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Thursday, September 17, 2015

Sometimes Aunt Martha Does Dreadful Things (1971) review


Abe Zwick (Paul Sutton), Wayne Crawford (Stanley; as Scott Lawrence), Don Craig (Hubert), Robin Hughes (Vickie), Yanka Mann (Mrs. Adams), Marty Cordova (Alma)

Directed by Thomas Casey

The Short Version: Little seen Hippies, drugs, and psycho cross-dresser shocker about jewel thieves, Paul and Stanley (not to be confused with the KISS frontman), who share more than just their loot. Less a horror movie than a psychological thriller with a touch of black comedy, Casey's flick is a fascinating nosedive into the lives of two criminals with serious mental issues. A truly bizarre film, its mixture of genre styles strikes a wildly erratic tone, but this only adds to the quirkiness of the storyline. Serious Drive-in and exploitation buffs should see this one at least once; those seeking blood and gore might want to pass it by. Despite budgetary shortcomings, Sometimes Filmmakers Make Memorable Things.

Two mentally disturbed jewel thieves hide out in Florida after committing a murder in Baltimore, Maryland. Disguised as "Aunt Martha", Paul Sutton keeps house with Stanley, his drug-addicted, mental midget of a partner. To protect their cover from prying eyes, a junkie strung out on Astrology, and Stanley from the lascivious allure of sex, drugs and rock and roll hippies, Paul kills anyone who comes in the house. As bodies continue to pile up, Paul and Stanley can't keep their twisted actions hidden for long.

Nearly unclassifiable, director Casey (who directed nothing else) wrote the unconventional script to this minor gem that, up to now, was mired in perpetual obscurity; its VHS availability in the 1980s possibly got the film more exposure than its theatrical run ever did back in the 70s. Marketed as horror, the picture is crowded with other genre styles and some fascinating characterizations.

At times Casey's celluloid conundrum feels like a comedy; at others it takes on the guise of a crime thriller; then it segues into a horror film before starting the whole cycle over again. Aside from the omnipresent hippie and drug culture, one theme is constant, though: the mania of its primary antagonists. Casey doesn't go to great lengths to divulge the backgrounds of either of them, but drops just enough information for the viewer to draw their own conclusions. It's the kooky relationship, the exposition between the two main characters that keeps AUNT MARTHA from being a dreadful movie.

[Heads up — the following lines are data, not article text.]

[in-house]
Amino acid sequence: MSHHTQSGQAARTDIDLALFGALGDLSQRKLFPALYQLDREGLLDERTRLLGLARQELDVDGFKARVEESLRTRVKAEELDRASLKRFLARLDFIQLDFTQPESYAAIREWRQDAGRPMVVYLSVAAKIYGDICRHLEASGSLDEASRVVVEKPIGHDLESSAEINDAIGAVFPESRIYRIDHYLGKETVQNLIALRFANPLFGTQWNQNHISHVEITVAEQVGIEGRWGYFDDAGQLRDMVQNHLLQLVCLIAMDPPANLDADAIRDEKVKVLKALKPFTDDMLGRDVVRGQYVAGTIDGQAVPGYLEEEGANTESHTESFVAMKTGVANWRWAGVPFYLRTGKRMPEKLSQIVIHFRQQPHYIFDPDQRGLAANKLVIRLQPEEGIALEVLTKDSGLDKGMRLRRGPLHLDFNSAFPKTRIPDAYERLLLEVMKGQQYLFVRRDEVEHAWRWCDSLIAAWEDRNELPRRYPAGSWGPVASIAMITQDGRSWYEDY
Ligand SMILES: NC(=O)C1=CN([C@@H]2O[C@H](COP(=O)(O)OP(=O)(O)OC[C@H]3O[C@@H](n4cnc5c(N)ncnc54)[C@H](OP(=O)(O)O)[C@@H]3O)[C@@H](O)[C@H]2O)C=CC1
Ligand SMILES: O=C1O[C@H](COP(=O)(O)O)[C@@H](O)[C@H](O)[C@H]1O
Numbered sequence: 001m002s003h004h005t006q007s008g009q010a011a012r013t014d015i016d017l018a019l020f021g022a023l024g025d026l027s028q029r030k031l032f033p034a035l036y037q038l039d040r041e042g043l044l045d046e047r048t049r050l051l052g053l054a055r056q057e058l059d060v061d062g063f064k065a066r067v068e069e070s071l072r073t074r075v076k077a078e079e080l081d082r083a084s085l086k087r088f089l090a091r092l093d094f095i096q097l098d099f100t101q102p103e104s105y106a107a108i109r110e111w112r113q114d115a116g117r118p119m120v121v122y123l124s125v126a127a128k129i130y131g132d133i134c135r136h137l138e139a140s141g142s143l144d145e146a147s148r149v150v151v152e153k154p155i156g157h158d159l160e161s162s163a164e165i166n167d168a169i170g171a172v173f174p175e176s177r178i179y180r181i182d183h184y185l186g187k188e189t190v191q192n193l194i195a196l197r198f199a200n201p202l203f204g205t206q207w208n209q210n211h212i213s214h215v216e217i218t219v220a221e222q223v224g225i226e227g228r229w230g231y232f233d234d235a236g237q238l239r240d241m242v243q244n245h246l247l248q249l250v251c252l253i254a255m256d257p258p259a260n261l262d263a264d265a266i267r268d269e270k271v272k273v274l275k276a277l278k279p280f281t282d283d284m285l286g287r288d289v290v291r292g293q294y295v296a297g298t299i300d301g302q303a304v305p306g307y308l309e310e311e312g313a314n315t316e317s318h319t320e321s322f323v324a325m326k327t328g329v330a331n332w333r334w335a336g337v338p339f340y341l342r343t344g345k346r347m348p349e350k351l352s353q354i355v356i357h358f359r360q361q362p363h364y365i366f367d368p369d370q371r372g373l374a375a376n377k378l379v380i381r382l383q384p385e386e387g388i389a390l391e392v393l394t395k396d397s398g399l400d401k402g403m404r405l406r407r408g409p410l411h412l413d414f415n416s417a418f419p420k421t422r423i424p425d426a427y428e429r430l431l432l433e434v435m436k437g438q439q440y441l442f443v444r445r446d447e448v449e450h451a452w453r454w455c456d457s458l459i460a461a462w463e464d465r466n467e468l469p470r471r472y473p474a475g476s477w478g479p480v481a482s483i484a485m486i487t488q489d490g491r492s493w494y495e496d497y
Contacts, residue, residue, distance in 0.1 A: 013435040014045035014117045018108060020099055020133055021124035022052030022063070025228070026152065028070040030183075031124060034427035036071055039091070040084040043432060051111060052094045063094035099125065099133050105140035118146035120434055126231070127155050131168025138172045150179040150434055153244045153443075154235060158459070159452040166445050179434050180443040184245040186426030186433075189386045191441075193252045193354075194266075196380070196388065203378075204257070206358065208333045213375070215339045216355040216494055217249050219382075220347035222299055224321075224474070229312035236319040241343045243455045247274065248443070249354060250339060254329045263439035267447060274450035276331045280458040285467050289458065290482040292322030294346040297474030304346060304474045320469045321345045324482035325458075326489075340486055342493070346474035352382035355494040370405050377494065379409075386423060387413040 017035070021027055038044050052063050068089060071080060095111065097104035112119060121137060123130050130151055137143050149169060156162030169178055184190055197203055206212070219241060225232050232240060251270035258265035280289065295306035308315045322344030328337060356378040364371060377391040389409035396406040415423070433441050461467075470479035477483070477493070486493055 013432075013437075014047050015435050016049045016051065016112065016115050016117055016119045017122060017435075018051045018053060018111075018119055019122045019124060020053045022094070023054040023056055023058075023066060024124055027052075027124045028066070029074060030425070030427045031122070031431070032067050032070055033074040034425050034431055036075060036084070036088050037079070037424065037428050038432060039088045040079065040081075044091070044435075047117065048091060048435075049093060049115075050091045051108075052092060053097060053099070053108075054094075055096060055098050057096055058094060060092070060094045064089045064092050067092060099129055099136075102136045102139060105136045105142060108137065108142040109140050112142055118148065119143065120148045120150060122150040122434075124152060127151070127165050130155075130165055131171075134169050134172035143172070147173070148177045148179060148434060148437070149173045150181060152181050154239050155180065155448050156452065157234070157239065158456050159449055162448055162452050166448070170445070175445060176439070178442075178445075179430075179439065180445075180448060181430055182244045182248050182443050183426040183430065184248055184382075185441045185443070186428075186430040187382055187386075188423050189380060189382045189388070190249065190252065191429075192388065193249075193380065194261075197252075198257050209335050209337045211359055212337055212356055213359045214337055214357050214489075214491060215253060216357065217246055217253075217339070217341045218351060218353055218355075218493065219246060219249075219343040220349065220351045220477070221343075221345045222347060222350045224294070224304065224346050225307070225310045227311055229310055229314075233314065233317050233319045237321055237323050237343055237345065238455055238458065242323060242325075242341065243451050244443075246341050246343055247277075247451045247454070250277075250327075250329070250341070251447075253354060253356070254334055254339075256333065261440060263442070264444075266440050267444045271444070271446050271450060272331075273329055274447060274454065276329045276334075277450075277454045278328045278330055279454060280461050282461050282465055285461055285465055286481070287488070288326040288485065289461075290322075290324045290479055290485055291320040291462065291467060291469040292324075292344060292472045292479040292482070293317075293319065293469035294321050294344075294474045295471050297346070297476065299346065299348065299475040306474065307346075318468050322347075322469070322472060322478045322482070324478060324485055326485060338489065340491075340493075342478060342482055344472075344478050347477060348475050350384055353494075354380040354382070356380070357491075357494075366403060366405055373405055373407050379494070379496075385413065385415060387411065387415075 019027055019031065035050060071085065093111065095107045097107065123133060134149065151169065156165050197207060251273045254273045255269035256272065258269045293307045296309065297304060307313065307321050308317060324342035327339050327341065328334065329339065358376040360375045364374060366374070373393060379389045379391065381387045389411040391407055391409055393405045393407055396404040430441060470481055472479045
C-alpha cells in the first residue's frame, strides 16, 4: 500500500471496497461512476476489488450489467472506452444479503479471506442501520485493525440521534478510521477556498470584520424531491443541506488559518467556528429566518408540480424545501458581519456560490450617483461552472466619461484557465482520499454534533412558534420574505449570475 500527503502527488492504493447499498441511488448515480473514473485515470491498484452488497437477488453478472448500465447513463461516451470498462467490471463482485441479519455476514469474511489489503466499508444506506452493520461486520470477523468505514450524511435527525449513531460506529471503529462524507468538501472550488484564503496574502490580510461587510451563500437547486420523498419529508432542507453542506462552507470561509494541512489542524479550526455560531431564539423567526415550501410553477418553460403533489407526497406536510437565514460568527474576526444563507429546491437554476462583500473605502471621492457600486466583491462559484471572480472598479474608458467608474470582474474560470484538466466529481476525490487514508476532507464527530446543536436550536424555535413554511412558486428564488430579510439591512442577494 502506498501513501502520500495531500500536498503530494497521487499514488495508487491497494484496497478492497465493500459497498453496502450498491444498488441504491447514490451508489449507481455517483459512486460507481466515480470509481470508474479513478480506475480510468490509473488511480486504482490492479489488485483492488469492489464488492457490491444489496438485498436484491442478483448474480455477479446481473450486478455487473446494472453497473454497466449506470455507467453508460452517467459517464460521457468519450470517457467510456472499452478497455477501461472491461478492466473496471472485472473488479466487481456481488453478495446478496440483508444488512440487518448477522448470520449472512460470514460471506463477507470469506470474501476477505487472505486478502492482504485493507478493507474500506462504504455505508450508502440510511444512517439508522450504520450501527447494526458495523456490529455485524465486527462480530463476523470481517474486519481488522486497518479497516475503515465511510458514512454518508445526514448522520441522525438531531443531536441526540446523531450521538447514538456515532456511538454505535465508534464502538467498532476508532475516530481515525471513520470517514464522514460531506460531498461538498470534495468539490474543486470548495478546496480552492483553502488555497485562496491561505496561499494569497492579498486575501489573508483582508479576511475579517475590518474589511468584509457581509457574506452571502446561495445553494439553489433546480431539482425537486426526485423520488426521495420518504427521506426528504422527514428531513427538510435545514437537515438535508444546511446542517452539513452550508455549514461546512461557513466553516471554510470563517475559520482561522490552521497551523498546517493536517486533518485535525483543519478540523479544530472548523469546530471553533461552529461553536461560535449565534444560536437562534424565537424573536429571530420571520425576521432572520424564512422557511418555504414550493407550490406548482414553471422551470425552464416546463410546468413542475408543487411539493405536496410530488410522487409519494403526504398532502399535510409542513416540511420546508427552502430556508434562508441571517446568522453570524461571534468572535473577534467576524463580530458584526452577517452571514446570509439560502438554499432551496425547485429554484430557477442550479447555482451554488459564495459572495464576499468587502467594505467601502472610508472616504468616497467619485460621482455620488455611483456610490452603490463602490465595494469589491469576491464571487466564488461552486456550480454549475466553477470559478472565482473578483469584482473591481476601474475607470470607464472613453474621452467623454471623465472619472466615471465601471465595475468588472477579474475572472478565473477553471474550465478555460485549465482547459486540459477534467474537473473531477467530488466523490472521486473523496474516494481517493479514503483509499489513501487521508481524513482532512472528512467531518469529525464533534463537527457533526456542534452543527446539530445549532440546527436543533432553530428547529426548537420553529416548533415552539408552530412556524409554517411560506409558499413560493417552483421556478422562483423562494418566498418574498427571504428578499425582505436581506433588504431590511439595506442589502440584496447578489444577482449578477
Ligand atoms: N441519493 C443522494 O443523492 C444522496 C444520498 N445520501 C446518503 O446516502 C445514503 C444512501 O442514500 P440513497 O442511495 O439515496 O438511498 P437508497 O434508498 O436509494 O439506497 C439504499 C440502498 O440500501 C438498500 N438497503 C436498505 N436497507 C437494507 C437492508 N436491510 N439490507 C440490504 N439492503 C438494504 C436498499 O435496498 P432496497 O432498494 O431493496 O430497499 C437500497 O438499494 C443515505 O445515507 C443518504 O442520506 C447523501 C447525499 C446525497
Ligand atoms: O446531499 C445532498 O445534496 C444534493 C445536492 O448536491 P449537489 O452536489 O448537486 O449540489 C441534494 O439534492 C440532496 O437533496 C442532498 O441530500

We learn early on that cross-dressing Paul (Abe Zwick, who acted in nothing else) is only wearing women's clothes as a cover after an incident in Baltimore that ended in an old woman's death. He's not a very convincing woman, either, yet effortlessly fools nosy neighbors and anyone else who happens by. As screen time passes, it becomes apparent that Paul is very comfortable emulating the female form. At times Paul seems to get lost in his "Aunt Martha" guise--posing and admiring his legs in pantyhose, or addressing and castigating Stanley like a mother would a child.

The implication of a sexual relationship between the two is obvious in a few scenes. This is hinted at in the first ten minutes when Paul becomes highly irritated Stanley isn't where he's supposed to be; another example occurs a short time later when Stanley latches onto Paul's arm proclaiming he "needs him" after spurning the forceful sexual advances of the blonde waitress Alma.